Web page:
Three Critical Elements of Fitness
Aug 30, 2013 11:02AM
● By John Goss
Fitness can be elusive and challenging to maintain. There are tens of thousands of books available on the subject of physical fitness. Add to those the thousands of video training programs, websites, YouTube channels, gymnasiums and yoga studios. There is no shortage of information on the subject. However, that knowledge only works when people act on what they learn by getting out there and doing it.
Physical fitness may be defined as a set of attributes that enable people to perform physical activities, and yet those characteristics differ for each individual. Physical fitness is not one-size-fits-all, but it provides a number of benefits that include experiencing minimal limits when performing various physical activities and enjoying a long lifetime with few medical interventions. Each individual must articulate his or her own fitness goals and make a balanced plan to achieve them.
For almost anyone, physical fitness is like a three-legged stool: movement, nutrition and rest are equally important. Attaining fitness almost always requires some level of exercise, but if the other two legs are neglected, goals cannot be achieved.
Despite taking up a physical fitness program, many people fail to achieve long-term fitness. Although some have spent years walking on treadmills in an attempt to become more fit, they still are not getting their desired result. It would be easy to think that the exercise program they chose was faulty. In fact, the massive fitness program industry depends on that exact type of thinking.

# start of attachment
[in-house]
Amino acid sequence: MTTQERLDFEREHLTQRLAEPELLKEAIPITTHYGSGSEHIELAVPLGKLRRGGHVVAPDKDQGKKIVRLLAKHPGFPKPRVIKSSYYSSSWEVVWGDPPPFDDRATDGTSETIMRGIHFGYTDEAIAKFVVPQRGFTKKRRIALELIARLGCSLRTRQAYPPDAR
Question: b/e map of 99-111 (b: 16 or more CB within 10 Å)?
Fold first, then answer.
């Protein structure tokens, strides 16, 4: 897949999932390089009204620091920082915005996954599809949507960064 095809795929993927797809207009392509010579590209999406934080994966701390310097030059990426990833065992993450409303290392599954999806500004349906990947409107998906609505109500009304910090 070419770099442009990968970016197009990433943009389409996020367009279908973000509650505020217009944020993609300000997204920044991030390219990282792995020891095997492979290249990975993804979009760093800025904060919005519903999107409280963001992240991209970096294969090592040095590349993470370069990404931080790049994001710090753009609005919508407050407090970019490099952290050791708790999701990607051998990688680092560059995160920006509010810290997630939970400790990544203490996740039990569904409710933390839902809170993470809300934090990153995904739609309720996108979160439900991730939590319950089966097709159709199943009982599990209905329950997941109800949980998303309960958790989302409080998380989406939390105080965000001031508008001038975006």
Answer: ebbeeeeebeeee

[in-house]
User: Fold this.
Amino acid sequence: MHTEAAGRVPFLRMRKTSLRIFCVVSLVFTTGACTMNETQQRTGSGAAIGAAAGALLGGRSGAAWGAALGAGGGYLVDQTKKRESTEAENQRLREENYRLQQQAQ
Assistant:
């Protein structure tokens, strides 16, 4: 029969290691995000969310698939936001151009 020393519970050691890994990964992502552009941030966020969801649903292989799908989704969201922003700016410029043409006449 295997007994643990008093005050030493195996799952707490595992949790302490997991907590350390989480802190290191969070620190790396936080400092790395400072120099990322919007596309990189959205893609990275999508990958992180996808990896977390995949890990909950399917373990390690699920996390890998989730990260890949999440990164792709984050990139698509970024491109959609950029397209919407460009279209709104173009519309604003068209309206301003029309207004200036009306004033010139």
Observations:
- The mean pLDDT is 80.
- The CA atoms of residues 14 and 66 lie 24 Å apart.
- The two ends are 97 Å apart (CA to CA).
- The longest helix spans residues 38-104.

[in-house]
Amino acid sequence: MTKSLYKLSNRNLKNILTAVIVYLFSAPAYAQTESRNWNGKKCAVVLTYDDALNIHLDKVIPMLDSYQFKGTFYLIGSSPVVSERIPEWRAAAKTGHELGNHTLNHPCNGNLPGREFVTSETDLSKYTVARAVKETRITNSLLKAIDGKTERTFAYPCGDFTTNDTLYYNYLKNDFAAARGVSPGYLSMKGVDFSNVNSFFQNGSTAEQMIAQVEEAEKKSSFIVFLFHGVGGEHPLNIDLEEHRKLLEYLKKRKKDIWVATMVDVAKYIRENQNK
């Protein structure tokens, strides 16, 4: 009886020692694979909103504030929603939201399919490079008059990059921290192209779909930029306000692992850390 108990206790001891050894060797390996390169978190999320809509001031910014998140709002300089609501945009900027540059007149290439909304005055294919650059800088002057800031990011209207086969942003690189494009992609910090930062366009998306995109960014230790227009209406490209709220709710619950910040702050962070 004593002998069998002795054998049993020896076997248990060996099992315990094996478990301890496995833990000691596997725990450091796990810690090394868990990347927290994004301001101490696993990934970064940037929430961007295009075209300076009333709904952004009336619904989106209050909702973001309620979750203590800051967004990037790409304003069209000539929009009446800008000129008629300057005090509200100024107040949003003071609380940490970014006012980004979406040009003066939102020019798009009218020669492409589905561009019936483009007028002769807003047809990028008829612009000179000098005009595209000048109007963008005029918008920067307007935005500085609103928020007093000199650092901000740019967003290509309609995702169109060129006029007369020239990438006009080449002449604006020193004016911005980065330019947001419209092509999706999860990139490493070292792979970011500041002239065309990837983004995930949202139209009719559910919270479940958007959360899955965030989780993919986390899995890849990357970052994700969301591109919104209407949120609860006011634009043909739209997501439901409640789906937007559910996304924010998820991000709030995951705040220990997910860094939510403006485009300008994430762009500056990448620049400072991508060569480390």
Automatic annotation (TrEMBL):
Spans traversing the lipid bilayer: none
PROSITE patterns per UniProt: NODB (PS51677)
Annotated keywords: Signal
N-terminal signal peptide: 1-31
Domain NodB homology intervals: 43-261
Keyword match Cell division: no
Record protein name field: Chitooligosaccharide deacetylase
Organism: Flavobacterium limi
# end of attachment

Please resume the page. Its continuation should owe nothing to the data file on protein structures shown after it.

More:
Perhaps the real problem is that although they are working hard building the movement leg of their fitness stool, they are neglecting the two other legs. In his books, best-selling author Joel Fuhrman, M.D., a board-certified family physician, suggests tying nutrition into every fitness program. “If you want ideal health, you need to overcompensate and eat an excellent diet,” says Fuhrman, a former world-class figure skater who now specializes in nutritional research and disease prevention.
Attesting to the benefits of proper rest, “There are over two dozen studies that suggest that people who sleep less tend to weigh more,” says Sanjay Patel, M.D., assistant professor of medicine at Case Western Reserve University, in Cleveland, Ohio. Patel cites one study where every two years for 16 years, 68,183 women ages 30 to 55 were asked to report their weight and habitual sleep duration. By the end of the study, women that slept five hours or less per night were more likely to experience major weight gain (defined as an increase of 33 pounds or more) and 15 percent more likely to become obese than those that slept seven hours a night.
Finding a good support person, such as a doctor, health coach or other professional, can help individuals set personal fitness goals and find a balanced approach to becoming fit. Fitness need not be a grind or overwhelming. Movement, nutrition and rest support each other. When all three legs of the stool are strong, fitness fits comfortably into one’s life.
John Goss, a certified holistic health counselor, has been involved in the holistic health movement for more than 35 years. Connect with him at [email protected] or visit JohnLockeGoss.com.